A passenger plane flies by an air traffic control tower after taking off from Charles de Gaulle International Airport
A passenger plane flies by an air traffic control tower after taking off from Charles de Gaulle International Airport

Poor spoken English skills among pilots could lead to air disasters, study finds

Communication problems can lead to dangerous misunderstandings between cockpit and ground control, warns Civil Aviation Authority

Ryan Wilkinson
Tuesday 04 April 2017 14:36
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An air disaster could be caused by low levels of English language ability among some pilots and air traffic controllers, a report has warned.

Cheating on exams, corruption and inadequate testing were identified as key problems by an independent review carried out for the Civil Aviation Authority (CAA).

The watchdog commissioned the report over concerns that a lack of fluency in English, the international standard for aviation, could lead to accidents over Britain and abroad.

It identified 267 mandatory occurrence reports (MOR) related to miscommunication in UK-based aviation over an 18-month period.

In one incident, a pilot taxied on to a runway at a Midlands airport without clearance, while one mid-air event involved confusion over left and right on the approach to Manchester Airport.

The report said: “For the safety of the UK travelling public, it is imperative that all pilots and controllers working in international aviation have the proficiency to communicate clearly and succinctly in all situations, routine and non-routine.

“Language-related miscommunication, including lack of ICAO (International Civil Aviation Organisation) proficiency standards, certainly has the potential to be the cause of serious incidents or even accidents.

“Several MOR that reported language-related miscommunication had the potential to develop into serious incidents or accidents.”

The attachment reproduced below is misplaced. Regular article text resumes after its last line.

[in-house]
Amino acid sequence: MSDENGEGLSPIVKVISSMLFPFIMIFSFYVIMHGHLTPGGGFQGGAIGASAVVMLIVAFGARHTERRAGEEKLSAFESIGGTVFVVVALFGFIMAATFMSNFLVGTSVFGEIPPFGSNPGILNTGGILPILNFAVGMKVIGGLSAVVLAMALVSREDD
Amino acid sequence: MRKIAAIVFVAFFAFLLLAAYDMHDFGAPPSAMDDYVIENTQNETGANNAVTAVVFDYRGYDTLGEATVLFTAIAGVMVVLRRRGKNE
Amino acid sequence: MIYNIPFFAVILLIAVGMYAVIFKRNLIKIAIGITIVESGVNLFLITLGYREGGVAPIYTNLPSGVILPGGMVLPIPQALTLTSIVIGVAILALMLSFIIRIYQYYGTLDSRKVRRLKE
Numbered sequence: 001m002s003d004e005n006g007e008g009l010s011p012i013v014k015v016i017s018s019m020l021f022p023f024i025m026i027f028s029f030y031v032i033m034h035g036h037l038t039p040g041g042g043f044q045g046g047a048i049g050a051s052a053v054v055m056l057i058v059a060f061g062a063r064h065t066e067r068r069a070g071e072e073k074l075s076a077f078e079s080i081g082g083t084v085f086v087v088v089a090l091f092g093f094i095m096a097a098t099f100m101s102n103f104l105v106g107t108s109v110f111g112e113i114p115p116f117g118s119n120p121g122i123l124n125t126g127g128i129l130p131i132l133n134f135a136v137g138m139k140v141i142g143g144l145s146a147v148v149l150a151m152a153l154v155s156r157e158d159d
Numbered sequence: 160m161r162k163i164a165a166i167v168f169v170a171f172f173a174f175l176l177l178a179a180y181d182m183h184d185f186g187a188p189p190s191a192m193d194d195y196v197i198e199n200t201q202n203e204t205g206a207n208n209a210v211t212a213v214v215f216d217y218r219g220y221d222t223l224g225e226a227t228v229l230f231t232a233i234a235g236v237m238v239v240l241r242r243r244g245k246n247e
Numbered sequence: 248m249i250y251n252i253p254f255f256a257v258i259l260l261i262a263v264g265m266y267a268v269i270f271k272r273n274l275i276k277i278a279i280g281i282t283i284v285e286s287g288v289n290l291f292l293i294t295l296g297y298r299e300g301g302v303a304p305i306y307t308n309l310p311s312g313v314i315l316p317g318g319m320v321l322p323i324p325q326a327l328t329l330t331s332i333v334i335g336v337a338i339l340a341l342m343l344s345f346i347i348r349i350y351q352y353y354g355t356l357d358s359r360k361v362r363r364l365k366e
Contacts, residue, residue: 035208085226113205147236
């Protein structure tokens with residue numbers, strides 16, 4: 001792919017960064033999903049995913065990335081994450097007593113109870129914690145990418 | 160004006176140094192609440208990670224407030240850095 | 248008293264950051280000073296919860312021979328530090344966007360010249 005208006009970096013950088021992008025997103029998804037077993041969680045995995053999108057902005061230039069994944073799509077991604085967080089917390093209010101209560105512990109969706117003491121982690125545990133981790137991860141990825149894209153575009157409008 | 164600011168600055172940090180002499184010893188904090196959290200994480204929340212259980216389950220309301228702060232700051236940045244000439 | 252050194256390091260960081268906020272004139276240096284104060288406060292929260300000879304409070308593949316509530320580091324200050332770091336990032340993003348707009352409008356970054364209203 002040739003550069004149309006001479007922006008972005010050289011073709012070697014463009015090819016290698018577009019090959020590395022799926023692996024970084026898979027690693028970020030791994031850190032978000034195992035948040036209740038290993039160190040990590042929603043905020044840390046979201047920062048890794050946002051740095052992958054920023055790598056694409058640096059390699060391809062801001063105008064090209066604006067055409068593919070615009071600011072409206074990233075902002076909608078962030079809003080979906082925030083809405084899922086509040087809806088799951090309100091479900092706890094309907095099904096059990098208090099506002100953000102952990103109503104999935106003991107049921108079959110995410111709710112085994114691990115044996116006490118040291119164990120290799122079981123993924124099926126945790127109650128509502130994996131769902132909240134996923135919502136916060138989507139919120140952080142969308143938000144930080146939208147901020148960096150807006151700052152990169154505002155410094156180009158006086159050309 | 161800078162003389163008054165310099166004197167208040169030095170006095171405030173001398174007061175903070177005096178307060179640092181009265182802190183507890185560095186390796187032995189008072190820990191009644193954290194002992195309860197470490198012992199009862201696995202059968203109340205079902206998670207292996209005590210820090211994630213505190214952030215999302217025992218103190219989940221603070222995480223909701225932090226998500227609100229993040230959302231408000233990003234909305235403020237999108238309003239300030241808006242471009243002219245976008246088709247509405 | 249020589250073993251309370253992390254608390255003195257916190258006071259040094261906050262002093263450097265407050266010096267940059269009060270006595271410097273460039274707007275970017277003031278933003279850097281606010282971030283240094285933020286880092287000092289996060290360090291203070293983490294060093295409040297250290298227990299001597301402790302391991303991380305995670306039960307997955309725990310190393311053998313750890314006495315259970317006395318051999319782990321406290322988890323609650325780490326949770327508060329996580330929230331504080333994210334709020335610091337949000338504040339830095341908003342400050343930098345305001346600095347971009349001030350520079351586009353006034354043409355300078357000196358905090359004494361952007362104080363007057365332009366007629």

The ICAO is a UN agency through which our member states can determine common standards, including English language requirements.

To work in international civil aviation, pilots and controllers are required to pass its Level 4 exams which intend to ensure a minimum standard of English ability.

However the report said it found non-UK pilots and controllers with below-standard English skills and “grounds to suspect cheating on aviation English exams”.

In one country, candidates with no proficiency in English received their certificates after 10 days' tuition - an “impossible” feat, according to one of the report's contributors.

The review also identified “grounds to suspect that some non-native English speakers are not being tested, but instead are granted ICAO Level 4 certificates on 'sweetheart' deals (handshakes, via friends, etc)”.

The researchers identified one startling potential reason for the corrupt deals - the importance of “saving face” in some cultures, where candidates cheat to avoid the embarrassment of forgetting vocabulary and mispronunciation.

The report also found ICAO levels of language proficiency, especially Level 4, are “not robust enough to ensure appropriately clear pilot/controller communication”.

There were examples of pilots switching between English and Spanish or French in skies over Spain and France, while the report also suggested English-speaking pilots were getting “lazy” and not using the correct phraseology in communication with air traffic controllers.

The report, carried out by consultant linguist Dr Barbara Clark, made a series of recommendations including increasing spot checks, improving the reporting of incidents where language was an issue and a crackdown on cheats.

It said: “There should be no room for lack of language proficiency in international aviation.”

A CAA spokesman said it was discussing the report's findings with the Department for Transport, adding: “We will be studying this research and will work with ICAO, other international regulators and the wider aviation industry on any actions that can help (to) enhance safety.”

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